Latin American Crime Fiction from the 1960s to the 2010s
Edited By Charlotte Lange and Ailsa Peate
Crime fiction has become a key element in Latin American literature. The rise in production of the genre can be explained by an urgency to explore issues of morality in societies which incorporate varying levels of censorship and corruption. Through a focus on the concept of the crime scene itself, this book identifies and interrogates some of the principal developments in contemporary Latin American crime fiction. In ten chapters which cover Argentina, Chile, Colombia, Costa Rica, Cuba, Mexico and Venezuela, and generic diversity which spans police procedurals, narcoliteratura, postmodern detection, and historical portrayals of crimes, the authors investigate how the crime scene – which has always been central to the genre and its subgenres – critiques local and global issues, including social injustice, discrimination, neoliberalism, violence, identity, corruption, and memory.
3 That’s Funny: Mexican Crime Fiction According to Jorge Ibargüengoitia (Charlotte Lange)
| 67 →
3 That’s Funny: Mexican Crime Fiction According to Jorge Ibargüengoitia
It is my contention that Jorge Ibargüengoitia paved the way for more recent Mexican authors of crime fiction by including humour into an otherwise grim genre. Las muertas (1977) and Dos crímenes (1979) parody long-established approaches to crime fiction while mocking Mexican society. The specific sites of crime described in the novels give way to the detailed portrayal of a larger crime scene: the fictional state of Plan de Abajo, populated by a bribable police force, an unscrupulous army and a hypocritical bourgeoisie. Ibargüengoitia uses parody for literary and extra-literary purposes: to deconstruct conventional crime fiction and to challenge societal norms. This chapter considers how Ibargüengoitia broke the mould and was instrumental in the gradual adaptation of an imported genre which is of growing relevance in a country in the grip of crime.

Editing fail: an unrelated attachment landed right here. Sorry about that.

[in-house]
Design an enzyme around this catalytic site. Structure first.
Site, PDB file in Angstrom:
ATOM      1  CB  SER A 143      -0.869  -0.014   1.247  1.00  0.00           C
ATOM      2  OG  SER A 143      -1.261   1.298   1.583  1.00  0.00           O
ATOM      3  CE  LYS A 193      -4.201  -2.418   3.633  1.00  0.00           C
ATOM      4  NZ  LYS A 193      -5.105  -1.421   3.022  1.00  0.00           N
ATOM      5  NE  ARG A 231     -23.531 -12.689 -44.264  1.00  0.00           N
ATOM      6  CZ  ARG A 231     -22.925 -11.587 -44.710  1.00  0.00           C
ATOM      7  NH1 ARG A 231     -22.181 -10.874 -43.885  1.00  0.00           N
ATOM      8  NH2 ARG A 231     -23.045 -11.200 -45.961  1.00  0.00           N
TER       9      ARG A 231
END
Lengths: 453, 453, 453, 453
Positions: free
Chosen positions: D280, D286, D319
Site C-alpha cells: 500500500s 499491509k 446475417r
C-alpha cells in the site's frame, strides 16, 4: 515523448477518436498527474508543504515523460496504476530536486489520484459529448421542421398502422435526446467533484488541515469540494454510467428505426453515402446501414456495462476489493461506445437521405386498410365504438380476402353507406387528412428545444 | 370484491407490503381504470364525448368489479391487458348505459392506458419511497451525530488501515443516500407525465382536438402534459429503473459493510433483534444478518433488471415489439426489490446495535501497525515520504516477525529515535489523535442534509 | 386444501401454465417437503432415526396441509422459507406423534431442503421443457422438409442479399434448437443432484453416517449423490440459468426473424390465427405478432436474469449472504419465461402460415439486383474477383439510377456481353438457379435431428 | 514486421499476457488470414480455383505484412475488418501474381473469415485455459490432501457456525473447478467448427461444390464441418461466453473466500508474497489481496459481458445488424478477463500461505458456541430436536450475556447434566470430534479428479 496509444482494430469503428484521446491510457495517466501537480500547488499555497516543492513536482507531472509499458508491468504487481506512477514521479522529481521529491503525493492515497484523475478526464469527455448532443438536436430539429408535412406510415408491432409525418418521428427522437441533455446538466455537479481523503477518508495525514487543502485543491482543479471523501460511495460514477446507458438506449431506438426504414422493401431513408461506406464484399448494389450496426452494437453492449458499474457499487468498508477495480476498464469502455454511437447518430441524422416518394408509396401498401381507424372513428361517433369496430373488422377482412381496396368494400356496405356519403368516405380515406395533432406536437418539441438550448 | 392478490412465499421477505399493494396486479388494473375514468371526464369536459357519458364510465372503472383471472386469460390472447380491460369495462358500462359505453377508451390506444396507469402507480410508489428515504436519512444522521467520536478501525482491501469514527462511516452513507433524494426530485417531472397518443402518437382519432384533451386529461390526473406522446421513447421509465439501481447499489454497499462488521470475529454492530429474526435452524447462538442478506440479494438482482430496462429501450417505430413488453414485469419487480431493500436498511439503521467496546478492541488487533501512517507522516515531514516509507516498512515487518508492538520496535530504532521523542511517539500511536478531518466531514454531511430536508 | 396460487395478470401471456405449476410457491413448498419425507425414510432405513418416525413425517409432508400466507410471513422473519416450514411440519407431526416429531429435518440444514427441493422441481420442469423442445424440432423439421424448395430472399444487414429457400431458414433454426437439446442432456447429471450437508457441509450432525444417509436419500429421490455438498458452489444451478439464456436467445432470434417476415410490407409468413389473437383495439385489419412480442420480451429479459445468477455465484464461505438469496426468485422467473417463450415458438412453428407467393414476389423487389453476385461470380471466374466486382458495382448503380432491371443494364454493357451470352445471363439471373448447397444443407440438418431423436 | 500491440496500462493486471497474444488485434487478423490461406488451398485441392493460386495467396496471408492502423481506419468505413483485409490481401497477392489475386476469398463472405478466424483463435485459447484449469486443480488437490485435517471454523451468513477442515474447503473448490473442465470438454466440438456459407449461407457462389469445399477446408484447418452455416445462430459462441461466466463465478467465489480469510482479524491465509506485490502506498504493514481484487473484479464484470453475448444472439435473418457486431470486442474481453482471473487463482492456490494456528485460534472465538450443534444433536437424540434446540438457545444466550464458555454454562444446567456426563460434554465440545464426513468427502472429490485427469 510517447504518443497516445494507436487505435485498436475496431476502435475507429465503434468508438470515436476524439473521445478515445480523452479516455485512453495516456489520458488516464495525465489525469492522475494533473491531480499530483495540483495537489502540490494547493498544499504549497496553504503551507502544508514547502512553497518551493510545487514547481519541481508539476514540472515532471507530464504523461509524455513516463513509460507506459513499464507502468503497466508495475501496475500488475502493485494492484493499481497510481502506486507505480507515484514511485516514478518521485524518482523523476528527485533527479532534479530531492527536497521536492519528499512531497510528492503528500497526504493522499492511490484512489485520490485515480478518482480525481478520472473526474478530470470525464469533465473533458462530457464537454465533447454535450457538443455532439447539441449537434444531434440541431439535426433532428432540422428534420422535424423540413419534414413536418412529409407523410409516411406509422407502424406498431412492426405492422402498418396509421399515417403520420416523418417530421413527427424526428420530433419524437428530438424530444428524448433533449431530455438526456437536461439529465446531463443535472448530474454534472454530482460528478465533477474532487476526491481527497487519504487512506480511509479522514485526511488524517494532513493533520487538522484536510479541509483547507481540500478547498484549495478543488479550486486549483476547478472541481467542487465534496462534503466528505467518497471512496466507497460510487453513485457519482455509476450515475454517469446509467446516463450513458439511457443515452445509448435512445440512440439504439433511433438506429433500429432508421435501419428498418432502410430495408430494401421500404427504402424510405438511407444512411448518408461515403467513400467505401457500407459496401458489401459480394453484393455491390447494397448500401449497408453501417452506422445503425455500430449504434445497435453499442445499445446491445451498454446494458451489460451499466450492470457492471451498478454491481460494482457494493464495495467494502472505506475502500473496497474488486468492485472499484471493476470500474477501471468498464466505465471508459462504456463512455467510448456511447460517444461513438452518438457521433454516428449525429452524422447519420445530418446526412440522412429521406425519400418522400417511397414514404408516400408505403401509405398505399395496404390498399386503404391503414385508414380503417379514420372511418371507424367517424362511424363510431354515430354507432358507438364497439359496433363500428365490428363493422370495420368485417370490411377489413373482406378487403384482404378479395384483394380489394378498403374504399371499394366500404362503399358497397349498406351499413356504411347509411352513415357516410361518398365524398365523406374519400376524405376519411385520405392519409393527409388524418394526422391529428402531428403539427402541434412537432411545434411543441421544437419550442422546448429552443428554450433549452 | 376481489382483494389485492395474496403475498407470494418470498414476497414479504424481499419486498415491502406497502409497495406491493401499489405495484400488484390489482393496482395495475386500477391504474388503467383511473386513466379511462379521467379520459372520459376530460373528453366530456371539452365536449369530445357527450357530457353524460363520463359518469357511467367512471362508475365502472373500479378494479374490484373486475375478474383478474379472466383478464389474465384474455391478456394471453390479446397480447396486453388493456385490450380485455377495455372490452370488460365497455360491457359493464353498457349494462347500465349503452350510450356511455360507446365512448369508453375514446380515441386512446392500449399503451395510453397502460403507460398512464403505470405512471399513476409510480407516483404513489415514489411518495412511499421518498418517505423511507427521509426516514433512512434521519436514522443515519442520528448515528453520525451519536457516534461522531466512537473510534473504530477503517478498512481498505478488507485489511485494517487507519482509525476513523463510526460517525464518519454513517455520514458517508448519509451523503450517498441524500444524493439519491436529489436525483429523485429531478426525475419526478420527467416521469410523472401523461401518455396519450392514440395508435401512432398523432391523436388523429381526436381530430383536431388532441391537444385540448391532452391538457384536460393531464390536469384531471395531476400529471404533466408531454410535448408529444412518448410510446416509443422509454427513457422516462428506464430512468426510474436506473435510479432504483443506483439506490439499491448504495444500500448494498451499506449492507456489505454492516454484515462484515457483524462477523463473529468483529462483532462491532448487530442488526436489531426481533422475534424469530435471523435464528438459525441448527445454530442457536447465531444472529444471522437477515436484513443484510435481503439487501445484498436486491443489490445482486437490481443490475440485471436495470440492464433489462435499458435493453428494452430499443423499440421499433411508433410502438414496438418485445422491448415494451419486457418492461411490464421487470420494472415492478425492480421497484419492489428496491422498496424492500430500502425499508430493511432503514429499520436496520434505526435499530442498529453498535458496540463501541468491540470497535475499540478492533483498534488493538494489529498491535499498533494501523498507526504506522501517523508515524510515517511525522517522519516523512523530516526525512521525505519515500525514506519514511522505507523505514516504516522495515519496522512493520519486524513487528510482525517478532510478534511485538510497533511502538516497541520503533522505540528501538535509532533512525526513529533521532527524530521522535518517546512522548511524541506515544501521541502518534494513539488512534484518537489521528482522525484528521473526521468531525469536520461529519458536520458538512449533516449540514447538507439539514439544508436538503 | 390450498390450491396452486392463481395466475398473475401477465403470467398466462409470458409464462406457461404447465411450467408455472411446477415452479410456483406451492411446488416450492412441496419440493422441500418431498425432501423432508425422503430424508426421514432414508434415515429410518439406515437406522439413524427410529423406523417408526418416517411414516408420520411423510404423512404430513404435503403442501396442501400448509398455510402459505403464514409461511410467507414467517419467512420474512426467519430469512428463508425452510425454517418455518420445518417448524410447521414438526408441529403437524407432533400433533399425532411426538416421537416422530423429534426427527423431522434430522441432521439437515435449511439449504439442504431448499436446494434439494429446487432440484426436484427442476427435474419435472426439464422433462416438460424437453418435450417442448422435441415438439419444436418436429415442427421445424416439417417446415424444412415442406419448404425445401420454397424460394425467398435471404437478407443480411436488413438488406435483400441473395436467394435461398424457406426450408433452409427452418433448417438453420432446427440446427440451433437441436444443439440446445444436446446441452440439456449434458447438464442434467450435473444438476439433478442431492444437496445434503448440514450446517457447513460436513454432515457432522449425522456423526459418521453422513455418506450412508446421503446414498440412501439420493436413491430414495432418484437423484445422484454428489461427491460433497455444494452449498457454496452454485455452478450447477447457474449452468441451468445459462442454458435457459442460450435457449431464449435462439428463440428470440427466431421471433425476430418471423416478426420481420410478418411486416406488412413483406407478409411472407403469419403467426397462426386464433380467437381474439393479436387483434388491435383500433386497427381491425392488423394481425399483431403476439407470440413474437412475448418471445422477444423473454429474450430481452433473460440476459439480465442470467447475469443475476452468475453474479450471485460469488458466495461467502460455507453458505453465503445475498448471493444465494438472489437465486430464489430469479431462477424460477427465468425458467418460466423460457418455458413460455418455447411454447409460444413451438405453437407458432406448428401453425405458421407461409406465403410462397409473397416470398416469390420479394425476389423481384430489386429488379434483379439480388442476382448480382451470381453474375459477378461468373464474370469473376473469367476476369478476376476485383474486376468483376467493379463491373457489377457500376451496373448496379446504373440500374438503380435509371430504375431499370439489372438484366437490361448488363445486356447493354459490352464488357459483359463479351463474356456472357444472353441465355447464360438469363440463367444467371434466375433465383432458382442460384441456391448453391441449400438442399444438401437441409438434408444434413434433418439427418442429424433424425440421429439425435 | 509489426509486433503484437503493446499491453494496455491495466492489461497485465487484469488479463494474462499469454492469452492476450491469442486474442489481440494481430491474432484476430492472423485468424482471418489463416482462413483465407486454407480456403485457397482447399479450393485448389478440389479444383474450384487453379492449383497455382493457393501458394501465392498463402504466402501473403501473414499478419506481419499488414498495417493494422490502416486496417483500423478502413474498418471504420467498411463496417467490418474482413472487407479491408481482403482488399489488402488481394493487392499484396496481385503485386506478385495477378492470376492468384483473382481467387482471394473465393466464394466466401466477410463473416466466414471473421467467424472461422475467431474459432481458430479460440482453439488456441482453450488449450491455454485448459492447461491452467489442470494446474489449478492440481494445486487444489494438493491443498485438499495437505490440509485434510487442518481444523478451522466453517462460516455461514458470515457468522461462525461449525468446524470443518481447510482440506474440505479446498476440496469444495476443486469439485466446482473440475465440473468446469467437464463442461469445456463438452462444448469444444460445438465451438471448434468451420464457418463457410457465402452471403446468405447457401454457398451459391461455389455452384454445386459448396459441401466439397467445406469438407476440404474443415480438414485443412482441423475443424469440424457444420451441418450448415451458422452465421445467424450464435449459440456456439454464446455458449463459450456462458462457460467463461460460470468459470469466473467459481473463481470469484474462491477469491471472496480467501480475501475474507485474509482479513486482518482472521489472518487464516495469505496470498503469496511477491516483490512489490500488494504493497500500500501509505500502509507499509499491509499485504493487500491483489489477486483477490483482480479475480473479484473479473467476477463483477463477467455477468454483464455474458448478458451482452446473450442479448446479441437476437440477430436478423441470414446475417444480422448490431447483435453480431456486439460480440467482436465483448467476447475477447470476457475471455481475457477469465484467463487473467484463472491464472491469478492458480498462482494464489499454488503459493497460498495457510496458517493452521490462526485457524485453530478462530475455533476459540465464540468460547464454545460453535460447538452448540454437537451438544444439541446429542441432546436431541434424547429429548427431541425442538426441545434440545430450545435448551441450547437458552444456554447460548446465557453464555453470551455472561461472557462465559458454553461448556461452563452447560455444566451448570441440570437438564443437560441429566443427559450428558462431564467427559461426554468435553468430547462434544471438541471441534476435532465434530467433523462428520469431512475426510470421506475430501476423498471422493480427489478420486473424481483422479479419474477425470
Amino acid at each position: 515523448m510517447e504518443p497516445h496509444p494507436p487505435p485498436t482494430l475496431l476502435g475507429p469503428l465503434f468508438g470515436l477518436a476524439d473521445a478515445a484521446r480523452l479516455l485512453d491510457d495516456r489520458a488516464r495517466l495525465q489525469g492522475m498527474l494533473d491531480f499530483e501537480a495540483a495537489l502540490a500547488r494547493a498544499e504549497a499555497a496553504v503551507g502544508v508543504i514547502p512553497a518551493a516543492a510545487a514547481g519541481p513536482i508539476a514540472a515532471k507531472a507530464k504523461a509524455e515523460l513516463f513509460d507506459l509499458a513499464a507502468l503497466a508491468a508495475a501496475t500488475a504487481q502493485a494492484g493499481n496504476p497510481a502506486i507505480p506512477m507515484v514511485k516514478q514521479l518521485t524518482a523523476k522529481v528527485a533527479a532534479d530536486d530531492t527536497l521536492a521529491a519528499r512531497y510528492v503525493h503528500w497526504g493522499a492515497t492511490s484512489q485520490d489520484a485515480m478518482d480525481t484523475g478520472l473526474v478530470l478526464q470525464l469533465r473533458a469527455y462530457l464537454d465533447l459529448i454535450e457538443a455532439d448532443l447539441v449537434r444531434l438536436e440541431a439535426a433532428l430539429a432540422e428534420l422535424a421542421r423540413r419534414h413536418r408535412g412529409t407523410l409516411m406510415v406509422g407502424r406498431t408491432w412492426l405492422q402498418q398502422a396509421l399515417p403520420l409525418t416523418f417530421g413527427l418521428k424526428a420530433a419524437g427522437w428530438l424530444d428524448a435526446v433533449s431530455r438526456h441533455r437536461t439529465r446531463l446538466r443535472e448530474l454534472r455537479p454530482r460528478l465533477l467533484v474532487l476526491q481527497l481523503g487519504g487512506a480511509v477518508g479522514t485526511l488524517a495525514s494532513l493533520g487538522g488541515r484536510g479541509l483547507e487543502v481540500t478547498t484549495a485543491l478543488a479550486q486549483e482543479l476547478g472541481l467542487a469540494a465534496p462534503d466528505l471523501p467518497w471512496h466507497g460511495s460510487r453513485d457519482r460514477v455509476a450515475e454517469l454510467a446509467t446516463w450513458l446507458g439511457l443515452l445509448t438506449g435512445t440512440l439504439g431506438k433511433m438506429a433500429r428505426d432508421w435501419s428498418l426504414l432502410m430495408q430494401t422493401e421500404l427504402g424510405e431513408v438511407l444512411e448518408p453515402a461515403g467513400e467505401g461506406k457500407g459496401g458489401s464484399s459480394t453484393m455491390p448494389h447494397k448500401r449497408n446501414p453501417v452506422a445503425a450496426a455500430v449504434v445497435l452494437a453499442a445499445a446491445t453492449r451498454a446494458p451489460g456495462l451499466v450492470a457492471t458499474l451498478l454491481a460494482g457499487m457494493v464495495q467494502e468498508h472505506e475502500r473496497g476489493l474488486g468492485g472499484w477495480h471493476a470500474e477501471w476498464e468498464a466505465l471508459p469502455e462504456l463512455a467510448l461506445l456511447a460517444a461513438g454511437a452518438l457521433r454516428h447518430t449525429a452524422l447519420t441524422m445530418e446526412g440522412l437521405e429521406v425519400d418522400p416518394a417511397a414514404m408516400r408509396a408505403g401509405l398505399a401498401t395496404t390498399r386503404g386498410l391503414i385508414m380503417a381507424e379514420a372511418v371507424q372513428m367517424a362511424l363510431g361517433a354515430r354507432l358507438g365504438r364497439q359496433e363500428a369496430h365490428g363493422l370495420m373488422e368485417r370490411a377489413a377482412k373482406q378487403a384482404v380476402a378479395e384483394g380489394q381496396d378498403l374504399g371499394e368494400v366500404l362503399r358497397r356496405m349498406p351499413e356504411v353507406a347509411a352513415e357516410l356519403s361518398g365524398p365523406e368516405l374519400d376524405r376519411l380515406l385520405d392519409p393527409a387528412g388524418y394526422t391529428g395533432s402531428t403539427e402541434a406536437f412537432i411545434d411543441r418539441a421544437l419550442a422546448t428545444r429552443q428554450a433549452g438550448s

Crime fiction is often grim and is usually not associated with humour, at least not since the second half of the twentieth century. World-famous crime fiction by authors such as Arthur Conan Doyle or Agatha Christie certainly contain humorous elements. Holmes and Watson are undeniably an entertaining double-act and Miss Marple’s continuing popularity can be partly explained by her dry sense of humour. Dashiell Hammett’s Sam Spade and Raymond Chandler’s Philip Marlowe are loved for their sarcastic one-liners, a tradition which has been continued across the globe and...
You are not authenticated to view the full text of this chapter or article.
This site requires a subscription or purchase to access the full text of books or journals.
Do you have any questions? Contact us.Or login to access all content.